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Patriot Torqx Solid State Disk 128GB review

Ardjuna Seghers




Our Score:


Solid-state drives (SSDs) present a bit of a conundrum. At its simplest they're like the sports cars of the computer world: you pay a premium for speed, but lose out in terms of practicality (i.e. capacity). Luckily, unlike said sports car, they have the additional advantages of also being very power efficient and quieter than their pedestrian spinning-disc counterparts, not to mention more shock and temperature resistant. However, not all SSDs are created equal when it comes to performance, so let's see how Patriot's latest holds up.

Named Torqx, as it's well known that any cool product should have an 'x' in the name, Patriot offers this drive in three capacities: 64GB at the low end, the 128GB of our review model and the maximum 256GB capacity. For now this is in line with what most affordable SSD ranges offer.

The package you get is fairly good, though not quite as comprehensive as Kingston's SSDNow V Series kit. Still, there's a neat manual, black metal 2.5in to 3.5in adapter bracket (by no means a given with SSDs) plus eight mounting screws and a jumper switch. The latter is for upgrading the firmware, but once you get past version 1275 updating can be performed jumperless. Note that this Torqx range (part numbers beginning PFZ) are the only Patriot SSDs which offer upgradeable firmware and are certified to work with the company's Performance Restore Utility, the necessity of which we'll get into later.

The drive itself is pretty standard. It's housed in a solid brushed black metal 2.5in upper case with a less sturdy stainless steel base-plate, measuring 99.88 x 69.63x 9.3mm and weighing in at just 91 grams. At the back you'll find SATA power and data connections as well as the jumper pins, though no USB port as some of the competition feature. The drive can withstand operational temperatures of zero to 70 degrees, and can absorb shocks of up to 1500G over 0.5ms. Translated into plain English, you can stick it in the hottest PC on the planet or throw it out the window and it should survive without trouble.

All these specifications are a tad superfluous for most consumers though, as what really matters for most potential SSD owners is speed. For an MLC-based drive (rather than the far more expensive SLC), the Torqx's quoted speeds are certainly impressive: up to 260MB per second write and 180MB read. Of course even if the drive were to match these speeds in real life, there's the issue of SSD performance-degradation over time.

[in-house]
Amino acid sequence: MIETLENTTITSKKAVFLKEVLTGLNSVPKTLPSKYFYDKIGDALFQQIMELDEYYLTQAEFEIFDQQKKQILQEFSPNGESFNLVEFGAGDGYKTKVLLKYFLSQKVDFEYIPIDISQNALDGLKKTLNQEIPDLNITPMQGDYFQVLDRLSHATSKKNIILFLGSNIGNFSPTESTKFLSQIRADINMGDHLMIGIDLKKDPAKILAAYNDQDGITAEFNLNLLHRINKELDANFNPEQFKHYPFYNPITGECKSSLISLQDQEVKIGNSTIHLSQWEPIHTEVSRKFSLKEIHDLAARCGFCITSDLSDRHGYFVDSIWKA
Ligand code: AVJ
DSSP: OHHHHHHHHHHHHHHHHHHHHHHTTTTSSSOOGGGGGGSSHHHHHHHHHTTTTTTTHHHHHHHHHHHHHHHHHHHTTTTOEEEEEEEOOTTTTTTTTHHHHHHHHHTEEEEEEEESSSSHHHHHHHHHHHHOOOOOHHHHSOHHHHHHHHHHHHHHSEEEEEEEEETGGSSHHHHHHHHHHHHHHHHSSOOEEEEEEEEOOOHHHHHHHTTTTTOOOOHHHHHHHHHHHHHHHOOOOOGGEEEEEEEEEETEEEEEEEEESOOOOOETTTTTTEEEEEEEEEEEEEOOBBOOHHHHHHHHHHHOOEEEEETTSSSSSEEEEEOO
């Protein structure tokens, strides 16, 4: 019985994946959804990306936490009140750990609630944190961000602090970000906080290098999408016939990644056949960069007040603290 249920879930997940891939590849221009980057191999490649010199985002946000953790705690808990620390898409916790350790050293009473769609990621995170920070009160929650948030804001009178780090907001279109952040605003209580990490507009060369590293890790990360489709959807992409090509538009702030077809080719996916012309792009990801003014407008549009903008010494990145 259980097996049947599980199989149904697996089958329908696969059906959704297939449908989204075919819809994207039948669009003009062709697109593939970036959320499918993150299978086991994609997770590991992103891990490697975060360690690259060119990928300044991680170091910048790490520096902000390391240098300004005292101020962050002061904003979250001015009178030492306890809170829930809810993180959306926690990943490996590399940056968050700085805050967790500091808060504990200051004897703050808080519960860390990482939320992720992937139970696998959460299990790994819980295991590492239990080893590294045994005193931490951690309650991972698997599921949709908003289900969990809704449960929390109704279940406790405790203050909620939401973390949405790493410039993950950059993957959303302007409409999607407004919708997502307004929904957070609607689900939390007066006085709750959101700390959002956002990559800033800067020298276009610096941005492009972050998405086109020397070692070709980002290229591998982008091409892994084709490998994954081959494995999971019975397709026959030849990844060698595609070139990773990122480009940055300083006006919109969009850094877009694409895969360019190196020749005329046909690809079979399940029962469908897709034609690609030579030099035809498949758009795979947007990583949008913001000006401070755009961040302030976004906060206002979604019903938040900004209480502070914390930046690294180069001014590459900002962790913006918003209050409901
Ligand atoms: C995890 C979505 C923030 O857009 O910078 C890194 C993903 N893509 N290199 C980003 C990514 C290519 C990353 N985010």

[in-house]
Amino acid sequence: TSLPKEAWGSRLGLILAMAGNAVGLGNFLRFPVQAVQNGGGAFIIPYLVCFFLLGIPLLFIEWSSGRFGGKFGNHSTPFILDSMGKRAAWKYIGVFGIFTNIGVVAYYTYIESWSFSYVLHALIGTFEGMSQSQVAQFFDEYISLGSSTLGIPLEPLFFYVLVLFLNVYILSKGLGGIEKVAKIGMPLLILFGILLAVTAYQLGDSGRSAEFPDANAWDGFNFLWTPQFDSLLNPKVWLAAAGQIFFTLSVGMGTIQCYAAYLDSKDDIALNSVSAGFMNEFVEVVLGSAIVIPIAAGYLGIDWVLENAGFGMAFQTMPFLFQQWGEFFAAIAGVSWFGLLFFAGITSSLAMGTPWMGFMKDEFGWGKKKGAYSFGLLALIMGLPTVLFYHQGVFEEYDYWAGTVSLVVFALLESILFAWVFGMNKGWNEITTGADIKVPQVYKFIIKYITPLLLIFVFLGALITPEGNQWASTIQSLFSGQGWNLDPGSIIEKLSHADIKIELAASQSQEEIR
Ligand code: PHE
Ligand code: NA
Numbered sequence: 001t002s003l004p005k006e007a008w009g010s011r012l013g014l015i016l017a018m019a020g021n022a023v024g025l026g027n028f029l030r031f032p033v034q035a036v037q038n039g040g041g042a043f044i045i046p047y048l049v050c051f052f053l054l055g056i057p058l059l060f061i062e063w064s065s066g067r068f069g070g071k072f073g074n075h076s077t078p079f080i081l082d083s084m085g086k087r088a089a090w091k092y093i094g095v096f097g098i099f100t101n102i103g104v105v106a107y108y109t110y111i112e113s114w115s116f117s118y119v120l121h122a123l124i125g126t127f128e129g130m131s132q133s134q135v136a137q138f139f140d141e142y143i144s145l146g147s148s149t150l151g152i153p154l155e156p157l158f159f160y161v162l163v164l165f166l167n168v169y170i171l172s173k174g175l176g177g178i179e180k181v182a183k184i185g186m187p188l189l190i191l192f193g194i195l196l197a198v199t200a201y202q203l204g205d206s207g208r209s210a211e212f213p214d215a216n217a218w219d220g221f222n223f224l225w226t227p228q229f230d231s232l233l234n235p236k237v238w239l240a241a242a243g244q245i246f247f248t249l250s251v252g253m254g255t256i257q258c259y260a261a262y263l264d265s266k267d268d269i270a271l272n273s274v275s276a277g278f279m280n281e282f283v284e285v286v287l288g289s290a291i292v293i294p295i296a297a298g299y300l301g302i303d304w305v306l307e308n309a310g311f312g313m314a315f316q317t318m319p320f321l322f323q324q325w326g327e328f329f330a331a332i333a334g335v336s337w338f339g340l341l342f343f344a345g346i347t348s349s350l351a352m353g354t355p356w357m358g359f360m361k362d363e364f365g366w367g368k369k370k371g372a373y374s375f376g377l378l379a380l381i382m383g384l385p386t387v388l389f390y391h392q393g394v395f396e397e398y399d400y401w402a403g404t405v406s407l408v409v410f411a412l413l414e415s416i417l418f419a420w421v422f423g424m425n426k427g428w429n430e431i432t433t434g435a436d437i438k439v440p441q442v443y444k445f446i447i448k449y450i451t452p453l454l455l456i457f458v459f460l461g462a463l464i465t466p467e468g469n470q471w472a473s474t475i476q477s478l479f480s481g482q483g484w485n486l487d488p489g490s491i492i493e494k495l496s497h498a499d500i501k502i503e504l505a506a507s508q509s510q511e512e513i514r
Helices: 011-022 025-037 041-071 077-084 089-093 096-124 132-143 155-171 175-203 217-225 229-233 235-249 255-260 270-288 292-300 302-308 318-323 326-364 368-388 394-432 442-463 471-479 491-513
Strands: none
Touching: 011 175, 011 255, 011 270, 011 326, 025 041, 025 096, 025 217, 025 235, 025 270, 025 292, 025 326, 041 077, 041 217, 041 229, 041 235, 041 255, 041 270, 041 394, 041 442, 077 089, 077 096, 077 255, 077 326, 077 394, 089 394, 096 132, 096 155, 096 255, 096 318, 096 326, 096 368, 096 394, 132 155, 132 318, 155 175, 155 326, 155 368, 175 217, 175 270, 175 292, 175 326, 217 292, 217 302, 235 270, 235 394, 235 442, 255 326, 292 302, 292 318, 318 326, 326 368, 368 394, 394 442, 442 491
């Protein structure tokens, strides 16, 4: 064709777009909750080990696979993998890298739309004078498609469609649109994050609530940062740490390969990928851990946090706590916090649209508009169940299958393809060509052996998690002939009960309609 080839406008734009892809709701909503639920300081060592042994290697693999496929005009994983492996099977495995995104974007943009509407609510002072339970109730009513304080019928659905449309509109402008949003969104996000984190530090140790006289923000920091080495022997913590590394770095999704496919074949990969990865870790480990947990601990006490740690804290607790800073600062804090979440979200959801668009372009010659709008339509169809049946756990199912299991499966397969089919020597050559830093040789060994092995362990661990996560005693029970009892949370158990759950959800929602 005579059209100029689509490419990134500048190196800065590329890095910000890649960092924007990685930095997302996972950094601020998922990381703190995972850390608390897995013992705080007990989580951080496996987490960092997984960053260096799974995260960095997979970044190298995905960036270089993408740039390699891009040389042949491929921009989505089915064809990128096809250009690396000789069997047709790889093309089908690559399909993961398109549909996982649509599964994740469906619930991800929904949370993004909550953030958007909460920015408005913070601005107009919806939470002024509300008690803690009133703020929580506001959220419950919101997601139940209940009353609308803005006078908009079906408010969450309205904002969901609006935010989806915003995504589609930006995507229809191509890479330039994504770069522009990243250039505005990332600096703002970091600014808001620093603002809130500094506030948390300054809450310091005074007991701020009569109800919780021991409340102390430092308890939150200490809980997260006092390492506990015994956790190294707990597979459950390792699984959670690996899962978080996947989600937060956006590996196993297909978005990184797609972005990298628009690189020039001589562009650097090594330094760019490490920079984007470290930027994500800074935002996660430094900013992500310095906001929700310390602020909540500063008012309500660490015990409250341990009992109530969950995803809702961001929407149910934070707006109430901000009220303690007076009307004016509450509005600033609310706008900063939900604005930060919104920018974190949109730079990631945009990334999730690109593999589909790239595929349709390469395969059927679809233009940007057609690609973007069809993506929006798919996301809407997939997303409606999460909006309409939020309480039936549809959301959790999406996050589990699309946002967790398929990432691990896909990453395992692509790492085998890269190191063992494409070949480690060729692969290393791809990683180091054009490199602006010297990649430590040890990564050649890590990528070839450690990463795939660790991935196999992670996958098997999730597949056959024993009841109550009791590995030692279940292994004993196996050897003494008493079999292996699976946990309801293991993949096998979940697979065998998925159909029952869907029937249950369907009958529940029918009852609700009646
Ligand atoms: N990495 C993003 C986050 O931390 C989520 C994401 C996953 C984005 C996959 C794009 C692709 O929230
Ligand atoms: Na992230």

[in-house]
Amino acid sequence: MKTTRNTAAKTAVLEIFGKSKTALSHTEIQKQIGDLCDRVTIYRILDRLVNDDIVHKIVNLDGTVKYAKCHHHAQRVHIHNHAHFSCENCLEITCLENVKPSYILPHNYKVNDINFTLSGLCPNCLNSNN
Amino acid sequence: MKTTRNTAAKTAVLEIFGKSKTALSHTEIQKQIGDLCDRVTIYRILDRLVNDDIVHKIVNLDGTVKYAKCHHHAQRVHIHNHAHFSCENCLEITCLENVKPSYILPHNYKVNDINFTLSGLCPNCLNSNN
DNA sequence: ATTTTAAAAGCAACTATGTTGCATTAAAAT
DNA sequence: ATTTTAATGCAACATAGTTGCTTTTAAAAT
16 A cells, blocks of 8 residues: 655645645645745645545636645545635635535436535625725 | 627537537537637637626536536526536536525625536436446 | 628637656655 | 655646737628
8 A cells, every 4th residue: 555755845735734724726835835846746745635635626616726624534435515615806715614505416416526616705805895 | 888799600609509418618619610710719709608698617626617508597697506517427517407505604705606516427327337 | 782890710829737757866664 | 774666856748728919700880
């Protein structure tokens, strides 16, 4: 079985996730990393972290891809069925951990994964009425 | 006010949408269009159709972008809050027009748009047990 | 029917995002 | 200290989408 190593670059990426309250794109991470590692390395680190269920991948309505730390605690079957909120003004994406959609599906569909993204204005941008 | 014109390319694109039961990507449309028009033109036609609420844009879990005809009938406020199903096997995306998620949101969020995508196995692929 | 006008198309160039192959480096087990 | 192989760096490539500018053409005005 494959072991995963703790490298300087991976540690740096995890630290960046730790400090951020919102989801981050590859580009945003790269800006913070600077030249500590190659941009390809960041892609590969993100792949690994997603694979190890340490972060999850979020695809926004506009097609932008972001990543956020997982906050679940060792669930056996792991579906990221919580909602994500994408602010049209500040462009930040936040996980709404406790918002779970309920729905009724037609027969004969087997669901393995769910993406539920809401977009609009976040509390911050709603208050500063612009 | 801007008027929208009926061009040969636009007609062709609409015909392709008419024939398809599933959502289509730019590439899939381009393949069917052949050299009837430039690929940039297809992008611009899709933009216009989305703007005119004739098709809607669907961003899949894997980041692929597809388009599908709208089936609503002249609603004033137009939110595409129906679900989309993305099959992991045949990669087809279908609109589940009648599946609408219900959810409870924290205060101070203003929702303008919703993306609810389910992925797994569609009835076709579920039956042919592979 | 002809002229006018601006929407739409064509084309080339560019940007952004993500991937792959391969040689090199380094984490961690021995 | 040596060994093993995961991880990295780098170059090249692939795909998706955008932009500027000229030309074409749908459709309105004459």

October 1, 2009, 1:45 pm

Great review, with a clear & concise explanation of TRIM & wear-levelling issues. I just thought I'd mention that the second generation of Intel's X25-M 80Gb drives (which use the 34nm production process) are much cheaper than the first generation drives, at about £175 online.

Harry Butler

October 2, 2009, 5:01 pm

I'm surprised to see the Torqx and the Vertex perform so differently when they're physically identical and even use the same firmware from Indilinx (albeit named differently, OCZ calls it v1.3, Patriot calls it v1571, but it's the same)- curious to know which firmware did you test the two drives with?


October 13, 2009, 9:52 am

I'm currently running a Torqx 64GB on an Win7 with an I7 860. My measured HD Tune results are faster than the ones you report for the 128MB Torqx:

HD Tune: Patriot Torqx 64GB SSD Benchmark

Transfer Rate Minimum : 115.5 MB/sec

Transfer Rate Maximum : 220.6 MB/sec

Transfer Rate Average : 185.3 MB/sec

Access Time : 0.1 ms

Burst Rate : 195.1 MB/sec

CPU Usage : -1.0%

I did not wipe the drive first. It is my Win7 system drive. Disclosure: I do not work for Patriot Memory and I purchased the drive when I built a new 1156 socket system for Windows 7. I am running the latest Torqx firmware.

Mark Haslam

February 8, 2010, 12:04 am

There's something very strange with your performance numbers.

Guruof3d tested the exact same drive and got read performance in Wintune of

213 MB/s Minimum

219 MB/S Maximum

218 MB/s Average

In HD Tach:

229 MB/s Read

This places it virtually identical to the OCZ Vertex, which you would expect with the same chips and the same controller.

Why are your numbers spuriously low? I think you should re-check them and post some qualification or disclaimer!

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